Starting pitching is supposed to be the fundamental building block of success for a ballclub. It’s not rocket science to note that a good rotation depresses the opposition’s scoring, keeps the lion’s share of the team’s innings in the hands of its better pitchers, and allows a manager to deploy his relievers to best advantage late in the game, where the outcome may turn on a single matchup. Nonetheless, for today’s episode of “Pair Up in Threes,” we examine a trio of teams whose place in the standings bears no resemblance to the quality of starting pitching they’re receiving. Such anomalies won’t last forever, but so long as the small sample freak show is in town, you might as well buy a ticket.


Team Record: 14-23 (last in NL West, 11½ games out of first)
Rotation Fair Run Average: 4.19 (second in majors)
Support-Neutral Winning Percentage (SNLVA_R + .5): .549 (fifth in majors)

What Was Supposed to Happen: The Diamondbacks were forecast to win 88 games, good enough for the National League’s Wild Card if not the NL West flag. In Brandon Webb and Dan Haren, they projected to have the best one-two rotation punch of any team, with their respective SNLVAR projections (7.1 and 6.9) ranking third and fourth in the majors. With unspectacular but solid Doug Davis and Jon Garland eating innings in the middle of the rotation and promising Max Scherzer—projected to rank 11th in the majors with 5.6 SNLVAR, though that figure was based on an overly aggressive workload—at the back, this looked to be one of the league’s strongest units. The staff as a whole was expected to finish sixth in the league in run prevention, no small feat given the hitter-friendly environment in which the Snakes play.

What’s Happened: After lasting just four innings on Opening Day, Webb was pushed to the Disabled List due to bursitis in his shoulder. He was expected only to miss a few weeks, but since suffering a setback in late April, he’s been limited to playing catch and won’t be back until sometime in June. While Yusmeiro Petit has pitched poorly in his place (8.03 ERA, -0.2 SNLVAR, .367 SNWP), Haren leads the league in SNLVAR, Davis is 11th, and Scherzer is 26th.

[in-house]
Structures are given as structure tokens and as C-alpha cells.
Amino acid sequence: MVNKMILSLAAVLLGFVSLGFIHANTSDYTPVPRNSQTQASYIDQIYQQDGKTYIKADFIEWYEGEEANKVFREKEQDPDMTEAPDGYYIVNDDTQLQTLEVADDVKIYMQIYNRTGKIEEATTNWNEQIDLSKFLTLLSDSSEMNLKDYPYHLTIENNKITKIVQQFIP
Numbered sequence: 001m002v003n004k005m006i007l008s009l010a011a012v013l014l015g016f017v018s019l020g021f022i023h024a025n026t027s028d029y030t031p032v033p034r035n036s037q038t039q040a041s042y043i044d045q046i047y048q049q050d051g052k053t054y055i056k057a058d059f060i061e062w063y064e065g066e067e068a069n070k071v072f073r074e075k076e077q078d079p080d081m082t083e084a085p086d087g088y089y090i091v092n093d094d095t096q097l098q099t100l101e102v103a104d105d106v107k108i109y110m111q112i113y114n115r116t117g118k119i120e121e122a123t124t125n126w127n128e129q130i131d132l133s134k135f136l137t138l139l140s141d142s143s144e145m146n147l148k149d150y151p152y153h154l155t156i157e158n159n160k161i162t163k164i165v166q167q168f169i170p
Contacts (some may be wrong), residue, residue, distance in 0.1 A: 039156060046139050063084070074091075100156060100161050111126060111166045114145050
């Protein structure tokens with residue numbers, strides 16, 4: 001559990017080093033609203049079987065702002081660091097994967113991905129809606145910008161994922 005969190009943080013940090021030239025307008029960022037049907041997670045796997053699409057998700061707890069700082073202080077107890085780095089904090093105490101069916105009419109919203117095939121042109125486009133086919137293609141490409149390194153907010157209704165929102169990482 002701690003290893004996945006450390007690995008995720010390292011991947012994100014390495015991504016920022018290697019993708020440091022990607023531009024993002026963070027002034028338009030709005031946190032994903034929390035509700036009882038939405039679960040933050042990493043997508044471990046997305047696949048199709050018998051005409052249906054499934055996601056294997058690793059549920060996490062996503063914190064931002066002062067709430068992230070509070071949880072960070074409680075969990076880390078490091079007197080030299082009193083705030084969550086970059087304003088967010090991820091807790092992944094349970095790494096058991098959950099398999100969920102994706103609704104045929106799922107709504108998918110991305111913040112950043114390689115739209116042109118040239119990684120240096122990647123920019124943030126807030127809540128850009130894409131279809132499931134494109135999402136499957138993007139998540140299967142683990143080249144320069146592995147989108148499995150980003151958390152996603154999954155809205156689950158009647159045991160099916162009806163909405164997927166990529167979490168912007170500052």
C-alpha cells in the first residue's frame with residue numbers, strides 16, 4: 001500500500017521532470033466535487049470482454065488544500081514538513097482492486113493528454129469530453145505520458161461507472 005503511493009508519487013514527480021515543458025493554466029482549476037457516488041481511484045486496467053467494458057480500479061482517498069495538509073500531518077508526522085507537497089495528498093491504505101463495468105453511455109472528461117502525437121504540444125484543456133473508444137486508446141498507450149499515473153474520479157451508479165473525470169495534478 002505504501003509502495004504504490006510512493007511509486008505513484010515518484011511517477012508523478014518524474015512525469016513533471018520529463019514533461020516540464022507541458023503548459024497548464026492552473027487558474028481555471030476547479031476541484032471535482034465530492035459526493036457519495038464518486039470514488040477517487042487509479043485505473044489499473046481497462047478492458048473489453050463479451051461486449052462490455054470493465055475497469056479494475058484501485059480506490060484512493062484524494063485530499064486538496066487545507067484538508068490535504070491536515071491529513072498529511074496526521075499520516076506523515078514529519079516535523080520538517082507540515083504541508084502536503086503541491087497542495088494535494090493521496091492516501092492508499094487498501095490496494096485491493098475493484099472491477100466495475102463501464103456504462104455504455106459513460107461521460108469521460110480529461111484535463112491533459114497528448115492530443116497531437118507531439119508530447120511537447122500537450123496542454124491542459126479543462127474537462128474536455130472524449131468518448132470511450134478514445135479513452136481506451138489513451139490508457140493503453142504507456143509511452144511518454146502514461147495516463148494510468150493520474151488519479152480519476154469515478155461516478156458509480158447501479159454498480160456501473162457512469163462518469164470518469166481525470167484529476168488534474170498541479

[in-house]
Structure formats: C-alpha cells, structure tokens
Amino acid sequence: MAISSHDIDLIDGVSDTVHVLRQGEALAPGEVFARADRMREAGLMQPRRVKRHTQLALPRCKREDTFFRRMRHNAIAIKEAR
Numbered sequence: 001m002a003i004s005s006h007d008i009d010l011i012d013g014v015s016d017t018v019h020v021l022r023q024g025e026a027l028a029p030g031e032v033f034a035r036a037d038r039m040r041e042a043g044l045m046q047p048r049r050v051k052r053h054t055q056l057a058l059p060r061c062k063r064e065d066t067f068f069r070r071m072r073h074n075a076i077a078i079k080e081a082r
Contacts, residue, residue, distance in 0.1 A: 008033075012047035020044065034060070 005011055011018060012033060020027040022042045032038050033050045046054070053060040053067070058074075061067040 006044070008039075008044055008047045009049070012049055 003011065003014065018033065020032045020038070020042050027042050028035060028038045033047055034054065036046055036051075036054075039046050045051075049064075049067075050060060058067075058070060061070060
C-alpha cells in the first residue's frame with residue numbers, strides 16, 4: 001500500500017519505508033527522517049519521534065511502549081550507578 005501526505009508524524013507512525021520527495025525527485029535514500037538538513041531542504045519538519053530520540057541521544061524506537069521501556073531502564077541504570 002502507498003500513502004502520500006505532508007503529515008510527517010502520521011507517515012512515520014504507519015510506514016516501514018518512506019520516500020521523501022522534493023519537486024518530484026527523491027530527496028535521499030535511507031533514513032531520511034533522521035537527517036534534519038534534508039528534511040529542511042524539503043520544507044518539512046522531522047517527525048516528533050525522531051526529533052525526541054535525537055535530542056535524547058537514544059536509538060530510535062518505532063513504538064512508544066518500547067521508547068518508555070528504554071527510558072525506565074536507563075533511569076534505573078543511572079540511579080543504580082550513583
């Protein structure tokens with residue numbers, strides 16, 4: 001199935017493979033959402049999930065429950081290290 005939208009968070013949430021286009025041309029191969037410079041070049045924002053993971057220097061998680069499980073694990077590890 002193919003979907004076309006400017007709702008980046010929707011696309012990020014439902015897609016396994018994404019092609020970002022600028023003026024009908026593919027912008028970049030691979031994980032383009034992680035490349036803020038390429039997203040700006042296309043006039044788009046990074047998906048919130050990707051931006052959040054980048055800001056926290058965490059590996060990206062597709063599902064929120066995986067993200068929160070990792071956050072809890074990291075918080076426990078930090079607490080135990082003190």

Alas, Webb’s absence has been the least of the club’s problems; right now this may be the unhappiest team in the majors. Manager Bob Melvin was fired on May 8 with the team a disappointing 12-17, 8½ games out of first. They’ve gone just 2-6 under replacement A.J. Hinch, whose lack of managerial experience has drawn fire from the media as well as departed pitching coach Bryan Price. Last Friday, upon pulling Davis for a pinch-hitter, the pitcher—who had thrown just 80 pitches but trailed by a run in the seventh—confronted his new skipper in full view of the TV cameras, never a good sign.

The real problem isn’t a lack of respect for the manager’s authoritah, it’s a snake-bitten offense that’s scraping together just 3.9 runs per game, which ranks 15th in the league; their .236 EqA is the NL’s worst. Three lineup regulars (Chad Tracy, Conor Jackson, and Chris B. Young) are below the Mendoza Line, and Stephen Drew and Eric Byrnes aren’t much above it. As well as Haren and Davis have pitched, both rank in the league’s bottom 10 in run support, well under three runs per game; Haren is second-to-last at 2.3. Meanwhile, the bullpen’s been pretty lousy (12th in the league in WXRL and 13th in Fair Run Average), but most of the damage has been done in lower-leverage situations. Closer Chad Qualls and set-up men Tony Pena and Juan Gutierrez, the only relievers with Leverage scores above 1.00, are all in the black, WXRL-wise, while the mop-and-bucket patrol has sloshed kerosene around during their aisle nine cleanups.

What Will Fix It: Even if Webb returns at full strength, the Diamondbacks have dug themselves a huge hole. The PECOTA-based version of our Playoff Odds Report puts their chances at reaching the postseason at just 9.3 percent, down from 45.0 percent to start the year. The suspension of Manny Ramirez won’t do very much to bring the Dodgers back to the pack; in fact, the Diamondbacks have lost three games in the standings since then. If they don’t start scoring runs soon, it’s going to be a long summer in the Arizona heat.